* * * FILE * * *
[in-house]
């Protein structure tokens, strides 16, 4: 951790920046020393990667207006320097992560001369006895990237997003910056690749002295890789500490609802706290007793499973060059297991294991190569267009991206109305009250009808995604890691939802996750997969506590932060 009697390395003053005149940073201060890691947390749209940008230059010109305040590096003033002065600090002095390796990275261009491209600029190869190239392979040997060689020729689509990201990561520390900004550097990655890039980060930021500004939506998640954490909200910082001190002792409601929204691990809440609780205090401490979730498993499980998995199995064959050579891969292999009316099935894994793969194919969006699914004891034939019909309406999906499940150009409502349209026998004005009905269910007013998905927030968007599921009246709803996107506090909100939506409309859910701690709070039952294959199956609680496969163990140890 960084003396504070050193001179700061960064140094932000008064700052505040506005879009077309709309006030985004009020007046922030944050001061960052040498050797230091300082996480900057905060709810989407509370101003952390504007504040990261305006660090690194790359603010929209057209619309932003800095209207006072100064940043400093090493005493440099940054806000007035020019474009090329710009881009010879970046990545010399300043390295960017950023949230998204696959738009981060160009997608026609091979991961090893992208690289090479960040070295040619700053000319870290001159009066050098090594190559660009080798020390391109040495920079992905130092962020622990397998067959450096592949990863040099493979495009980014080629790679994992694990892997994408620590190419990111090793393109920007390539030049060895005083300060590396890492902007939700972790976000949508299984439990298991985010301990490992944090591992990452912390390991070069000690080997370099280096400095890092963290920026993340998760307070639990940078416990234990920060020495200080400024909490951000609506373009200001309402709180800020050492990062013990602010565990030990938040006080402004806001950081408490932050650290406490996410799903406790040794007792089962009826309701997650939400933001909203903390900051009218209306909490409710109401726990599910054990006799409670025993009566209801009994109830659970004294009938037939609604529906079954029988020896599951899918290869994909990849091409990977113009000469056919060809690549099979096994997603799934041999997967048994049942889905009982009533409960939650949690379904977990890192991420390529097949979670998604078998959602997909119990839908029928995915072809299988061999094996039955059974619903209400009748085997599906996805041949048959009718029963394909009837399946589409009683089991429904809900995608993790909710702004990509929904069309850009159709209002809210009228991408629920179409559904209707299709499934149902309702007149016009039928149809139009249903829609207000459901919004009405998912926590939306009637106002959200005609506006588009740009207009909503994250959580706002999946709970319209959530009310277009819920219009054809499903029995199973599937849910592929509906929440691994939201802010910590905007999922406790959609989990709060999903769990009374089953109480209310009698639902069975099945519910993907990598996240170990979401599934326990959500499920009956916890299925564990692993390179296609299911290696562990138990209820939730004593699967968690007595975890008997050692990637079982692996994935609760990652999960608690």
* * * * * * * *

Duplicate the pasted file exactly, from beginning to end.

[in-house]
């Protein structure tokens, strides 16, 4: 951790920046020393990667207006320097992560001369006895990237997003910056690749002295890789500490609802706290007793499973060059297991294991190569267009991206109305009250009808995604890691939802996750997969506590932060 009697390395003053005149940073201060890691947390749209940008230059010109305040590096003033002065600090002095390796990275261009491209600029190869190239392979040997060689020729689509990201990561520390900004550097990655890039980060930021500004939506998640954490909200910082001190002792409601929204691990809440609780205090401490979730498993499980998995199995064959050579891969292999009316099935894994793969194919969006699914004891034939019909309406999906499940150009409502349209026998004005009905269910007013998905927030968007599921009246709803996107506090909100939506409309859910701690709070039952294959199956609680496969163990140890 960084003396504070050193001179700061960064140094932000008064700052505040506005879009077309709309006030985004009020007046922030944050001061960052040498050797230091300082996480900057905060709810989407509370101003952390504007504040990261305006660090690194790359603010929209057209619309932003800095209207006072100064940043400093090493005493440099940054806000007035020019474009090329710009881009010879970046990545010399300043390295960017950023949230998204696959738009981060160009997608026609091979991961090893992208690289090479960040070295040619700053000319870290001159009066050098090594190559660009080798020390391109040495920079992905130092962020622990397998067959450096592949990863040099493979495009980014080629790679994992694990892997994408620590190419990111090793393109920007390539030049060895005083300060590396890492902007939700972790976000949508299984439990298991985010301990490992944090591992990452912390390991070069000690080997370099280096400095890092963290920026993340998760307070639990940078416990234990920060020495200080400024909490951000609506373009200001309402709180800020050492990062013990602010565990030990938040006080402004806001950081408490932050650290406490996410799903406790040794007792089962009826309701997650939400933001909203903390900051009218209306909490409710109401726990599910054990006799409670025993009566209801009994109830659970004294009938037939609604529906079954029988020896599951899918290869994909990849091409990977113009000469056919060809690549099979096994997603799934041999997967048994049942889905009982009533409960939650949690379904977990890192991420390529097949979670998604078998959602997909119990839908029928995915072809299988061999094996039955059974619903209400009748085997599906996805041949048959009718029963394909009837399946589409009683089991429904809900995608993790909710702004990509929904069309850009159709209002809210009228991408629920179409559904209707299709499934149902309702007149016009039928149809139009249903829609207000459901919004009405998912926590939306009637106002959200005609506006588009740009207009909503994250959580706002999946709970319209959530009310277009819920219009054809499903029995199973599937849910592929509906929440691994939201802010910590905007999922406790959609989990709060999903769990009374089953109480209310009698639902069975099945519910993907990598996240170990979401599934326990959500499920009956916890299925564990692993390179296609299911290696562990138990209820939730004593699967968690007595975890008997050692990637079982692996994935609760990652999960608690």